Palliative care is specialized health care for people with life-limiting or serious illnesses. It focuses on providing patients with symptoms’ relief and relieving stress of a serious illness. The goal is to improve quality of life for the patient and the family. Palliative care is best provided within a multidisciplinary team) who work together to provide an extra layer of care and support. Palliative care is appropriate at any age and at any stage in a serious illness and can be provided along with curative treatment. In our setting, palliative care is largely being provided for cancer patients, HIV and then a host of other diseases e.g. chronic renal failure. Read more about BSc (Honours) in Palliative Care

Volunteering Overview

The Department receives a wide range of inquiries from individuals and groups expressing an interest to partner with us and support our work in some way. Before reaching out to us, it is recommended to look through our website and become familiar with our programs. We have found partnerships can mutually enhance our work, and provide a beneficial experience for the volunteer. You are welcome to explore our volunteer page to learn more.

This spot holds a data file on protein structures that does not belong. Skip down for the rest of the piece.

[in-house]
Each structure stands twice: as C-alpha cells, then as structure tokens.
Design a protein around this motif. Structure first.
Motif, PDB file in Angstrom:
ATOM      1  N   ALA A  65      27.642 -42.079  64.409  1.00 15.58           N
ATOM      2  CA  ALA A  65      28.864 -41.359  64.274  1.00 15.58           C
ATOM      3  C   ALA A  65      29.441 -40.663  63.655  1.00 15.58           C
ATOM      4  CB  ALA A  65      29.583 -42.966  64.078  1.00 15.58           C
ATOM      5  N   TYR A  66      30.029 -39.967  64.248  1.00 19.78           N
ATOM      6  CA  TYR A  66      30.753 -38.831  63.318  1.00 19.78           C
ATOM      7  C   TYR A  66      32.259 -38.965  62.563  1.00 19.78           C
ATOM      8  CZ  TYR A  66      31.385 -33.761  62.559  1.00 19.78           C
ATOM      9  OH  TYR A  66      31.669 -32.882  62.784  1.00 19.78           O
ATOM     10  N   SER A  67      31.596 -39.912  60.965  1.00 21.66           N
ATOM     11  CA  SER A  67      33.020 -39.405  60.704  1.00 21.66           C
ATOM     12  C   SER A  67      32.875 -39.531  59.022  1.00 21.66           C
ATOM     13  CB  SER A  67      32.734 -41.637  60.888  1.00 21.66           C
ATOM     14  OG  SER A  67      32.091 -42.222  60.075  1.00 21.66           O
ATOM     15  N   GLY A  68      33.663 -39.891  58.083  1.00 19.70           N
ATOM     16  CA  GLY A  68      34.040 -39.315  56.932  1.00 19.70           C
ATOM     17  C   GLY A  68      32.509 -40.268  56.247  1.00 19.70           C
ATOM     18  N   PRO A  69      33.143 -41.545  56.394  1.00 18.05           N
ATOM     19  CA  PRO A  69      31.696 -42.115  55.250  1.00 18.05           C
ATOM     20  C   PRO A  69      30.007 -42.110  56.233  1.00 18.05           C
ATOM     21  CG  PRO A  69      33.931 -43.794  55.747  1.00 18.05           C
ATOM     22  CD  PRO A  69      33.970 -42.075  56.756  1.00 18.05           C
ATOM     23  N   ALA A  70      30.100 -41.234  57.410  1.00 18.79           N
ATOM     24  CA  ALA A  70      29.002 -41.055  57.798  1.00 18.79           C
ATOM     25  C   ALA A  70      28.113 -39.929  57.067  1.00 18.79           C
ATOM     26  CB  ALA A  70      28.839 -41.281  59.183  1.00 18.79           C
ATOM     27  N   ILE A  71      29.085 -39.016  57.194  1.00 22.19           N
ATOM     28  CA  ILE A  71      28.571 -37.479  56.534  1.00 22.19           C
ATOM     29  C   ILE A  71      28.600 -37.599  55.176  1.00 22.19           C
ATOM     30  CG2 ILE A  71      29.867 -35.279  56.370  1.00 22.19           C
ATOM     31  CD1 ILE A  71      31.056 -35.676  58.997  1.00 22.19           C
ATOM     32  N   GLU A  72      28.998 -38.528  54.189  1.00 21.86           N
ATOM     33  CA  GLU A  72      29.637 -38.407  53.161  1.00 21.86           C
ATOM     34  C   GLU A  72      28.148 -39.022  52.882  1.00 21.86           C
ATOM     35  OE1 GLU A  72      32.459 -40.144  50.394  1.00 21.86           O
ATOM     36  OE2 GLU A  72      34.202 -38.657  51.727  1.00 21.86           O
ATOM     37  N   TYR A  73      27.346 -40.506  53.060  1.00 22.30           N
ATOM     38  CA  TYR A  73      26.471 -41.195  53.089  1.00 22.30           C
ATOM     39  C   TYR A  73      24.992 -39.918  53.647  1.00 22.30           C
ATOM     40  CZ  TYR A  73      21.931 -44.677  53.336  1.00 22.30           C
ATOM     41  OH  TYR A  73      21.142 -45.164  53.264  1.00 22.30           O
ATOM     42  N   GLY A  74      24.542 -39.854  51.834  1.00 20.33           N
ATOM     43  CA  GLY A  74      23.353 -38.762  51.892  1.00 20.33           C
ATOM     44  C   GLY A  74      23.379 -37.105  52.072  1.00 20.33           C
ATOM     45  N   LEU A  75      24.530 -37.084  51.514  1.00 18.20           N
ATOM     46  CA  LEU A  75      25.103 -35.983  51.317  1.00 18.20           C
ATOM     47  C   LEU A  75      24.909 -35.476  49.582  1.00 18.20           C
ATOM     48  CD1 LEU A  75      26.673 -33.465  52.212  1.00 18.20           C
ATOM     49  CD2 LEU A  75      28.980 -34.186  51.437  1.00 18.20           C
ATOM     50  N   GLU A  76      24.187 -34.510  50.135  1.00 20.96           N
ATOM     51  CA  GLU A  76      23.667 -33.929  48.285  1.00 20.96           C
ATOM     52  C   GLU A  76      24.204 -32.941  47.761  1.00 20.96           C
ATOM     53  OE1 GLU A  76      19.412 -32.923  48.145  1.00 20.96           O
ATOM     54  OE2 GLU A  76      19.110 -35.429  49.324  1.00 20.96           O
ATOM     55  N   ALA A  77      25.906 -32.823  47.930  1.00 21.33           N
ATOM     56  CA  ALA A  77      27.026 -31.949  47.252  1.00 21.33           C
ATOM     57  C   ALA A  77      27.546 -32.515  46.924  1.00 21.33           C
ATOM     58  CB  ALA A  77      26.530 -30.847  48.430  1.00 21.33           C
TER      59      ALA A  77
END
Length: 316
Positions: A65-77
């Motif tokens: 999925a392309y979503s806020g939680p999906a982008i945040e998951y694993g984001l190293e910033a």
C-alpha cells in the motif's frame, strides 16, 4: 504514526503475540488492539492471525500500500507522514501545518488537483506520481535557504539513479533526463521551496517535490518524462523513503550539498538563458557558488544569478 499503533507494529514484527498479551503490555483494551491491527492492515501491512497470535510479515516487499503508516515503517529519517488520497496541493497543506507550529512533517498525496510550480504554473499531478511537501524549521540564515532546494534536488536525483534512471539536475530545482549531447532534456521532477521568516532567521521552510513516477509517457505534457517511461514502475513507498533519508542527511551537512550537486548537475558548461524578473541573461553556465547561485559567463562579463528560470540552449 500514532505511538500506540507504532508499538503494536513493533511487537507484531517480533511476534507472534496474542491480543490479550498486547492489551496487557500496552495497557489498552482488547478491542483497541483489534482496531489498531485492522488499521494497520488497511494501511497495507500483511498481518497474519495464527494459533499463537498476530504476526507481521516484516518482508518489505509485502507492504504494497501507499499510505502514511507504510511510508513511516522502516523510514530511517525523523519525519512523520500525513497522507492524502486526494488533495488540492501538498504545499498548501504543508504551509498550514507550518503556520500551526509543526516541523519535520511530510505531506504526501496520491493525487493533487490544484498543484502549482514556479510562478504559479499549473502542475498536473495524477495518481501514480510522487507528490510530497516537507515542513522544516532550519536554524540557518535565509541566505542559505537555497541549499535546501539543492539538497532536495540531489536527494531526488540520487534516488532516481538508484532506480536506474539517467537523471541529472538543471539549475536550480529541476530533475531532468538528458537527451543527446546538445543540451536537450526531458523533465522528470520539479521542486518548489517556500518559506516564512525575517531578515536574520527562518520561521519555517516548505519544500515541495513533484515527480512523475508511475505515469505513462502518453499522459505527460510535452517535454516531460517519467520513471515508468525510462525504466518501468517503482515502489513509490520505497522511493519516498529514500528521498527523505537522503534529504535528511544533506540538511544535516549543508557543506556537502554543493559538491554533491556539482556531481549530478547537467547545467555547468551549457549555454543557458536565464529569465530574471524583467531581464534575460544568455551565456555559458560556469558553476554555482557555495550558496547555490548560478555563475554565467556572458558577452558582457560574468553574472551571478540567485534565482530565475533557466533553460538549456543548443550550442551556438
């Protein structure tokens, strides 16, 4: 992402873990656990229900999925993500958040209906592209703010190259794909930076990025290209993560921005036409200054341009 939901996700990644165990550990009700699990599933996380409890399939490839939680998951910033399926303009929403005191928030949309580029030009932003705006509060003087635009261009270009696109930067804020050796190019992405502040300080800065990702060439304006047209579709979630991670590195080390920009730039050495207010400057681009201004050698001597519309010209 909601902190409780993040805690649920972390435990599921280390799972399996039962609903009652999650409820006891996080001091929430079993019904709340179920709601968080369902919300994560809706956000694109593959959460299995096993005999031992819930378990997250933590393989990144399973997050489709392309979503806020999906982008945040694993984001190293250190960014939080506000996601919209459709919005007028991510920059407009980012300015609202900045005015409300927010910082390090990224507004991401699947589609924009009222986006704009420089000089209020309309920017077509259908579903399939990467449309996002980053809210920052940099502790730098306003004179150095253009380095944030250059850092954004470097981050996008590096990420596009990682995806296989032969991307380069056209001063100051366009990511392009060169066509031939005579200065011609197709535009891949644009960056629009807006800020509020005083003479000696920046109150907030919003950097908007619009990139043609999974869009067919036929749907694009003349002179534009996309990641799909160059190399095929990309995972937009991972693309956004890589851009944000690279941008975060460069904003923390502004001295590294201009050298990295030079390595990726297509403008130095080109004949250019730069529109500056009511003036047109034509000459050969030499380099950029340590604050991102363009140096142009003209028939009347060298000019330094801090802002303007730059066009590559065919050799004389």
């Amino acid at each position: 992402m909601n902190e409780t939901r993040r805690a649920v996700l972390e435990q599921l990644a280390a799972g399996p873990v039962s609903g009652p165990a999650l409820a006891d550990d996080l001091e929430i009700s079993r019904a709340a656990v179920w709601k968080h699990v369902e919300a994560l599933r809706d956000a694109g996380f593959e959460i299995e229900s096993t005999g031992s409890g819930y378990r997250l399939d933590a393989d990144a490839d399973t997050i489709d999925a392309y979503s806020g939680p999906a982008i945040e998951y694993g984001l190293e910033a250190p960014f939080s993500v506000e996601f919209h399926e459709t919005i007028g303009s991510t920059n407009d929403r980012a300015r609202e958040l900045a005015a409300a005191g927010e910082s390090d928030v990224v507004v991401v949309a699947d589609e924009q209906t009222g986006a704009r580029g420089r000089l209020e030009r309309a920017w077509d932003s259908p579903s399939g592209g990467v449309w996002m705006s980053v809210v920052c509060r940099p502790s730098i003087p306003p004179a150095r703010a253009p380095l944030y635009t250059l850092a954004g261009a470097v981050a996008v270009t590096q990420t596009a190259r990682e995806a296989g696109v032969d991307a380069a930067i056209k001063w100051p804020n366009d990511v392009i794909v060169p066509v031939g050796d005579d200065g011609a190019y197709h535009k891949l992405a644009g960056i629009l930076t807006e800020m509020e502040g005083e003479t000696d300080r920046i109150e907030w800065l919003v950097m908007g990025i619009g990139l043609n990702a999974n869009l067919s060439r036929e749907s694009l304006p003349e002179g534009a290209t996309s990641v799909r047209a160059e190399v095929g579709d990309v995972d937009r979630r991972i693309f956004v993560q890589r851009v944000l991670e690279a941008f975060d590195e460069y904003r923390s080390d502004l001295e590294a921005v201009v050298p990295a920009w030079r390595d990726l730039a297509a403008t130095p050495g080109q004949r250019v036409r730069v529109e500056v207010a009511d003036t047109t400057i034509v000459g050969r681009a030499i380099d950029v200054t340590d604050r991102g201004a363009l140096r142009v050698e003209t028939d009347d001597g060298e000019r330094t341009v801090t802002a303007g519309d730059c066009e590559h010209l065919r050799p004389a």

News and Updates

Kudziwa zambiri zokhudzana ndi matenda: August Newsletter

August 30th, 2018|0 Comments

The patient's context of the Disease   Quote below from: McWhinney IR. Teaching the Principles of Family Medicine. Canadian Family Physician. 1981; 27:801-804. "The Family [...]

Kutukula Maphunziro: Improving district learning July 2018 Newsletter

July 31st, 2018|0 Comments

We are excited to share with you the Malawi Family  Medicine  July 2018 Newsletter .

Kafukufuku: Malawi Family Medicine May Newsletter

June 1st, 2018|0 Comments

We are excited to share with you our 2018 May Newsletter

Dr Martha Makwero
Dr Martha MakweroSenior Advisor

Senior Advisor – Dr. Makwero is a Malawian Family Doctor. She is a PHD fellow, with the Consortium for advanced Research Training in Africa ( CARTA) Fellow, Post grad Diploma in Obstetrics and Gynecology, Mmed Family Medicine (SA)